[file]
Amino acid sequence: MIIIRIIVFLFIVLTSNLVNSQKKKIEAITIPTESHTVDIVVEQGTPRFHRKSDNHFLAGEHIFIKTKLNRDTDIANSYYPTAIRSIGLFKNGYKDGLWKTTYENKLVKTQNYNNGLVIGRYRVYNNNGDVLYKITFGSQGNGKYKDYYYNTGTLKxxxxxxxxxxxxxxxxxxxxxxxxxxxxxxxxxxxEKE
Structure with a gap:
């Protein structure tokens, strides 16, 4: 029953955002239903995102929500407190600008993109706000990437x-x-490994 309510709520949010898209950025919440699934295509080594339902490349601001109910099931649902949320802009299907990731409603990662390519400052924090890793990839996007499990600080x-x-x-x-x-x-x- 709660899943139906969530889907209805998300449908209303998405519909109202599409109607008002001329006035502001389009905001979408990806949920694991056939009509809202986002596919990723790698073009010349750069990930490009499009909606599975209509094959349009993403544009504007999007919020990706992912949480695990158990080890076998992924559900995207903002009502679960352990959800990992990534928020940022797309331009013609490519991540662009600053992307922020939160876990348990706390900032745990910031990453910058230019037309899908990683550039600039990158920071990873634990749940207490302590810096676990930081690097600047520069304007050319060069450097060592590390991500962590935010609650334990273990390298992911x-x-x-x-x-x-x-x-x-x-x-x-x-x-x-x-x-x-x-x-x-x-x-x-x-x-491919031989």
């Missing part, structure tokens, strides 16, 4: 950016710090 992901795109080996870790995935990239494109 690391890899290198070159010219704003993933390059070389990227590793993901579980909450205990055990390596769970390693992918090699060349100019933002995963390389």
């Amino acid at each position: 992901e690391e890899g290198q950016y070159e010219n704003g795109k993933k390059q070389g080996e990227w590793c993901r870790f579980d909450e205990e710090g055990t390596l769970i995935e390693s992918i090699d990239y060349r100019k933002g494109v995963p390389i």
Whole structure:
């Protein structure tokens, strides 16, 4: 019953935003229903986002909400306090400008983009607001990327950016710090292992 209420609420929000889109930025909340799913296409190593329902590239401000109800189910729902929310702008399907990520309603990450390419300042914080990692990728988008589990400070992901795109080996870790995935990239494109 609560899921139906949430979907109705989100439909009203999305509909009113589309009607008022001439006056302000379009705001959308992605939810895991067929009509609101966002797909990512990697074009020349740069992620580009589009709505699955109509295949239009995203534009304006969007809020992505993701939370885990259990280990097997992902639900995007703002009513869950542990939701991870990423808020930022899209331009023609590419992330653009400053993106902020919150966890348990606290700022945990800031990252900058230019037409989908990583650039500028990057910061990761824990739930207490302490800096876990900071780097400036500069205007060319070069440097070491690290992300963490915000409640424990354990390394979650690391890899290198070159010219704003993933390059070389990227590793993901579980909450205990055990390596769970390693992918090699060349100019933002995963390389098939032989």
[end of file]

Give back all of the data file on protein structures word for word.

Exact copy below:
Amino acid sequence: MIIIRIIVFLFIVLTSNLVNSQKKKIEAITIPTESHTVDIVVEQGTPRFHRKSDNHFLAGEHIFIKTKLNRDTDIANSYYPTAIRSIGLFKNGYKDGLWKTTYENKLVKTQNYNNGLVIGRYRVYNNNGDVLYKITFGSQGNGKYKDYYYNTGTLKxxxxxxxxxxxxxxxxxxxxxxxxxxxxxxxxxxxEKE
Structure with a gap:
């Protein structure tokens, strides 16, 4: 029953955002239903995102929500407190600008993109706000990437x-x-490994 309510709520949010898209950025919440699934295509080594339902490349601001109910099931649902949320802009299907990731409603990662390519400052924090890793990839996007499990600080x-x-x-x-x-x-x- 709660899943139906969530889907209805998300449908209303998405519909109202599409109607008002001329006035502001389009905001979408990806949920694991056939009509809202986002596919990723790698073009010349750069990930490009499009909606599975209509094959349009993403544009504007999007919020990706992912949480695990158990080890076998992924559900995207903002009502679960352990959800990992990534928020940022797309331009013609490519991540662009600053992307922020939160876990348990706390900032745990910031990453910058230019037309899908990683550039600039990158920071990873634990749940207490302590810096676990930081690097600047520069304007050319060069450097060592590390991500962590935010609650334990273990390298992911x-x-x-x-x-x-x-x-x-x-x-x-x-x-x-x-x-x-x-x-x-x-x-x-x-x-491919031989």
């Missing part, structure tokens, strides 16, 4: 950016710090 992901795109080996870790995935990239494109 690391890899290198070159010219704003993933390059070389990227590793993901579980909450205990055990390596769970390693992918090699060349100019933002995963390389």
């Amino acid at each position: 992901e690391e890899g290198q950016y070159e010219n704003g795109k993933k390059q070389g080996e990227w590793c993901r870790f579980d909450e205990e710090g055990t390596l769970i995935e390693s992918i090699d990239y060349r100019k933002g494109v995963p390389i």
Whole structure:
């Protein structure tokens, strides 16, 4: 019953935003229903986002909400306090400008983009607001990327950016710090292992 209420609420929000889109930025909340799913296409190593329902590239401000109800189910729902929310702008399907990520309603990450390419300042914080990692990728988008589990400070992901795109080996870790995935990239494109 609560899921139906949430979907109705989100439909009203999305509909009113589309009607008022001439006056302000379009705001959308992605939810895991067929009509609101966002797909990512990697074009020349740069992620580009589009709505699955109509295949239009995203534009304006969007809020992505993701939370885990259990280990097997992902639900995007703002009513869950542990939701991870990423808020930022899209331009023609590419992330653009400053993106902020919150966890348990606290700022945990800031990252900058230019037409989908990583650039500028990057910061990761824990739930207490302490800096876990900071780097400036500069205007060319070069440097070491690290992300963490915000409640424990354990390394979650690391890899290198070159010219704003993933390059070389990227590793993901579980909450205990055990390596769970390693992918090699060349100019933002995963390389098939032989």